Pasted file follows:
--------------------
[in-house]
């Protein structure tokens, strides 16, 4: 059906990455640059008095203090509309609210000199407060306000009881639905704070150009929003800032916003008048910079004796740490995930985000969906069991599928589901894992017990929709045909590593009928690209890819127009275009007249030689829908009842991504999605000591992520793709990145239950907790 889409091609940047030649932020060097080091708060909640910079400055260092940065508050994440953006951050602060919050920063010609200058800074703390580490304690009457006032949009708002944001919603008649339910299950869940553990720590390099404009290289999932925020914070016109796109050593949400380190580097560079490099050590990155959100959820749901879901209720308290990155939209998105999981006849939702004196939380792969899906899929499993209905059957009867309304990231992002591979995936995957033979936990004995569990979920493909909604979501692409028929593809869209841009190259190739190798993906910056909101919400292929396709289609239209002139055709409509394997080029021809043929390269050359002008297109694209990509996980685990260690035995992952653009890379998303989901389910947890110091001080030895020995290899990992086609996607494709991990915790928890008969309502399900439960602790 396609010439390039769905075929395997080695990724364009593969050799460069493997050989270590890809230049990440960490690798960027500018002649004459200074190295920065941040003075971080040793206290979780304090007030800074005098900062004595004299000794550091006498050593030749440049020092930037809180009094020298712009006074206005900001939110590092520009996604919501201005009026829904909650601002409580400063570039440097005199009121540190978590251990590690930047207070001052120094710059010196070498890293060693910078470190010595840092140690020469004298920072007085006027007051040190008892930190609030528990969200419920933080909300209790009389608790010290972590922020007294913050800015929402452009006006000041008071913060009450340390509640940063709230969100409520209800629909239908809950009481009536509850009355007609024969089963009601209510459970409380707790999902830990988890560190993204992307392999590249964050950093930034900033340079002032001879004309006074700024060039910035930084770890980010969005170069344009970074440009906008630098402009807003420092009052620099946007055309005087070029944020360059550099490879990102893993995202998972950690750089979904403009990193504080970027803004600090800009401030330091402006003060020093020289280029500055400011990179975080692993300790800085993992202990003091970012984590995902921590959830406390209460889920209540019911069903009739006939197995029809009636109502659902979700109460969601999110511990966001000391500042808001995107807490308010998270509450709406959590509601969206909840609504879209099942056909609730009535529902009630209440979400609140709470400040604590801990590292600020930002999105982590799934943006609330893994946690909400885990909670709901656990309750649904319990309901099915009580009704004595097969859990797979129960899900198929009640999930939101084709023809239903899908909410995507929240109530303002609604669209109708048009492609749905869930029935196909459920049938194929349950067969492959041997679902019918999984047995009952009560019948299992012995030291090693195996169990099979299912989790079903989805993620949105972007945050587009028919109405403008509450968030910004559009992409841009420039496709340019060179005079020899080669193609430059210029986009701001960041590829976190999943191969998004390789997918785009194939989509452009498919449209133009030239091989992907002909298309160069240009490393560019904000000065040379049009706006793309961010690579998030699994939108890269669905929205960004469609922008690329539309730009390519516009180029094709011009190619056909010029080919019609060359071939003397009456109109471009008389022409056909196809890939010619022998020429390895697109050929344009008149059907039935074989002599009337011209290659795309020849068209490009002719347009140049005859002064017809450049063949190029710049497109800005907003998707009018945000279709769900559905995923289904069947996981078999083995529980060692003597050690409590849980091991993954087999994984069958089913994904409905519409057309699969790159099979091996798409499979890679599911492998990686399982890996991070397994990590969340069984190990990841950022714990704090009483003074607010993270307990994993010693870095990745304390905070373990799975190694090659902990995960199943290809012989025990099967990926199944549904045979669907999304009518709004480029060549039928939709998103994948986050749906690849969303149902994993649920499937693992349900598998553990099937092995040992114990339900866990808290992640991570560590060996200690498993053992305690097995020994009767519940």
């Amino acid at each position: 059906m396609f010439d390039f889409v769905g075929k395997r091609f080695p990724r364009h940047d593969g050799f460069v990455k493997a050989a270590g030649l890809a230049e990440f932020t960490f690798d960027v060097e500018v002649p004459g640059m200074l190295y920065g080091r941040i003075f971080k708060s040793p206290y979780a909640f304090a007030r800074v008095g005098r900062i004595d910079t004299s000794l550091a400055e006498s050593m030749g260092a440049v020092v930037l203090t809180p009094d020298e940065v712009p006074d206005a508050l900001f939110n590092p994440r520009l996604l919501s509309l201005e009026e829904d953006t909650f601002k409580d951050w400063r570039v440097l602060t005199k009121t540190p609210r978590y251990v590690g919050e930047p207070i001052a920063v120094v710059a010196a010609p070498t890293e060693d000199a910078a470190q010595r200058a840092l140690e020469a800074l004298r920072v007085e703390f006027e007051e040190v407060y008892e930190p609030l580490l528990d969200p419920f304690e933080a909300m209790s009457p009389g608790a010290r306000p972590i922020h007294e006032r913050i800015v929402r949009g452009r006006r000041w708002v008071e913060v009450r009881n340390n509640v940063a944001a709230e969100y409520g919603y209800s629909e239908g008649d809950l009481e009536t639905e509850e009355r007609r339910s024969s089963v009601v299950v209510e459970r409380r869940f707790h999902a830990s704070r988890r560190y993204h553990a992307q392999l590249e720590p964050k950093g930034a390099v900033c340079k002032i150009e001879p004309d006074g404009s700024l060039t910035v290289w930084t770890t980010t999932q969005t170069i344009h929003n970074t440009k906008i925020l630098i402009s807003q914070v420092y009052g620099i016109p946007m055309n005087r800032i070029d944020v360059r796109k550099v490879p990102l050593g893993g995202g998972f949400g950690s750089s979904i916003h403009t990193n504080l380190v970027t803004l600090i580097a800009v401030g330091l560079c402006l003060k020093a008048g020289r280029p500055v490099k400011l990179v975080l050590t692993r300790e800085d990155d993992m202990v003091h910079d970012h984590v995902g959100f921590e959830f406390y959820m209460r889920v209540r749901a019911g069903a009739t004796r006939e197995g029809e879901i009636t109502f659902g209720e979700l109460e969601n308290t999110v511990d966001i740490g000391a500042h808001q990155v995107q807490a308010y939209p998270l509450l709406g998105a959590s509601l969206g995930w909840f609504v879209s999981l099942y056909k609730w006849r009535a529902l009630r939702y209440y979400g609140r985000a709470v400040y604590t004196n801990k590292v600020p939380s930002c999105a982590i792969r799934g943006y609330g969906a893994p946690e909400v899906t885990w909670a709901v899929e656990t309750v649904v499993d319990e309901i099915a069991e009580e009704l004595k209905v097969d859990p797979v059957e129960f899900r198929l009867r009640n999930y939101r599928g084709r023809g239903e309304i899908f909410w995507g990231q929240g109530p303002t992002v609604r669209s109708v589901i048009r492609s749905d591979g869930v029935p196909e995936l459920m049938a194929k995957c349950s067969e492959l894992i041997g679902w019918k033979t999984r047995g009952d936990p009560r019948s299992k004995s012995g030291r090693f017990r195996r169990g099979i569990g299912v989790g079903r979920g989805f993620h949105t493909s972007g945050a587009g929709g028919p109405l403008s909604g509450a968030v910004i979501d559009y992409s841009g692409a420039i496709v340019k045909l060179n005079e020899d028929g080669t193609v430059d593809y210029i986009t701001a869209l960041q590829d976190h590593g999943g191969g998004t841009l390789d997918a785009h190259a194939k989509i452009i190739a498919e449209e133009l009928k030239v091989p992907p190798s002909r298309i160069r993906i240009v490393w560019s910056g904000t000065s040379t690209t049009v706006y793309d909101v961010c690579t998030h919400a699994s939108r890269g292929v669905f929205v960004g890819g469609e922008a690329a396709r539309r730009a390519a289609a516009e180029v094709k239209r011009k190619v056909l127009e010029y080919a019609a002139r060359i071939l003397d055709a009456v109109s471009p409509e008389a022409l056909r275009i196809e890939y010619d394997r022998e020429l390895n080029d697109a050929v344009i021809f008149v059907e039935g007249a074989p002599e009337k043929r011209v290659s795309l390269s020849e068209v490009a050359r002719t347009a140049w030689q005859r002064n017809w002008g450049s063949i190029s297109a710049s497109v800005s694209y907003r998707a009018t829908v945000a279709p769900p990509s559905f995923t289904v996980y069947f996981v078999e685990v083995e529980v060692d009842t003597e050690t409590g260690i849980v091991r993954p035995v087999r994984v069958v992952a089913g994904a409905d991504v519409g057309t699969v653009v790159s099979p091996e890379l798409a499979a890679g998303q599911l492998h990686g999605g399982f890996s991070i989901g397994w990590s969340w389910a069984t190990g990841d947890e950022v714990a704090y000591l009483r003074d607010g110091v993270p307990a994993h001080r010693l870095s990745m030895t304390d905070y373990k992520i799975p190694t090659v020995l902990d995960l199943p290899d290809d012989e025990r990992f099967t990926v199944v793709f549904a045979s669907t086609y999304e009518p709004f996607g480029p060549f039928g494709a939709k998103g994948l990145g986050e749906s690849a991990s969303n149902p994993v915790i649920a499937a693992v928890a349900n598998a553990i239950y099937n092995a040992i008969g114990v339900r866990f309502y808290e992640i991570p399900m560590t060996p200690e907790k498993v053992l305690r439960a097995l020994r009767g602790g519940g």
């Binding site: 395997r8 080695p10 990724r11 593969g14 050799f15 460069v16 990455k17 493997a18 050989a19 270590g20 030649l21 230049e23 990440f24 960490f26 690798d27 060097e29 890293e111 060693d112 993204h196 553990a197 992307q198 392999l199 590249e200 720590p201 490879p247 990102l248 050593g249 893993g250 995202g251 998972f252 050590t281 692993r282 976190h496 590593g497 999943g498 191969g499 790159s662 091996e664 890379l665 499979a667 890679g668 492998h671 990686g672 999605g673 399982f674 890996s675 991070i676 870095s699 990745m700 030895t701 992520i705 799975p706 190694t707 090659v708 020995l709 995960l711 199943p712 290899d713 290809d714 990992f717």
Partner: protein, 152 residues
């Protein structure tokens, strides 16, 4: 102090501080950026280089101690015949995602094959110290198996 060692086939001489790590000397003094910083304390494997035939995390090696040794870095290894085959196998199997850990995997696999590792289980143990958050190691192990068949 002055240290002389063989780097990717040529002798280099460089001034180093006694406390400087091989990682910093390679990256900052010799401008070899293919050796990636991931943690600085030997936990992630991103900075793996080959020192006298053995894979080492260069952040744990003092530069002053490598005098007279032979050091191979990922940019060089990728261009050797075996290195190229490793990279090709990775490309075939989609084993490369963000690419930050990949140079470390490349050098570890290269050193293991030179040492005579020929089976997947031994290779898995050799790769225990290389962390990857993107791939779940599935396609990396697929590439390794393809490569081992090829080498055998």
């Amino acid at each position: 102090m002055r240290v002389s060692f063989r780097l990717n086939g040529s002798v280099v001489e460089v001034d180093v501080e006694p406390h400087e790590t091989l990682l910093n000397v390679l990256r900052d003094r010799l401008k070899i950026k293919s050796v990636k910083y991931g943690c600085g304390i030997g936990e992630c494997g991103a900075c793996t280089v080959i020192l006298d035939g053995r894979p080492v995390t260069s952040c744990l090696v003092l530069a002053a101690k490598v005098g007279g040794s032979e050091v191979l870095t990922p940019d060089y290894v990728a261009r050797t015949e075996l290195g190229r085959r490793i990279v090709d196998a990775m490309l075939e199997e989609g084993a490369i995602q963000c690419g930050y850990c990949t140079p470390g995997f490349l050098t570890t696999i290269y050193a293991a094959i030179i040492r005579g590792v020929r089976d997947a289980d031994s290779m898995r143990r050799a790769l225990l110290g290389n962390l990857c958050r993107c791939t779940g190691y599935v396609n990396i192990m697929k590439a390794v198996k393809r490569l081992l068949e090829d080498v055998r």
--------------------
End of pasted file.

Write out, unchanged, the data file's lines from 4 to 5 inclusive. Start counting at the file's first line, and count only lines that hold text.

């Binding site: 395997r8 080695p10 990724r11 593969g14 050799f15 460069v16 990455k17 493997a18 050989a19 270590g20 030649l21 230049e23 990440f24 960490f26 690798d27 060097e29 890293e111 060693d112 993204h196 553990a197 992307q198 392999l199 590249e200 720590p201 490879p247 990102l248 050593g249 893993g250 995202g251 998972f252 050590t281 692993r282 976190h496 590593g497 999943g498 191969g499 790159s662 091996e664 890379l665 499979a667 890679g668 492998h671 990686g672 999605g673 399982f674 890996s675 991070i676 870095s699 990745m700 030895t701 992520i705 799975p706 190694t707 090659v708 020995l709 995960l711 199943p712 290899d713 290809d714 990992f717």
Partner: protein, 152 residues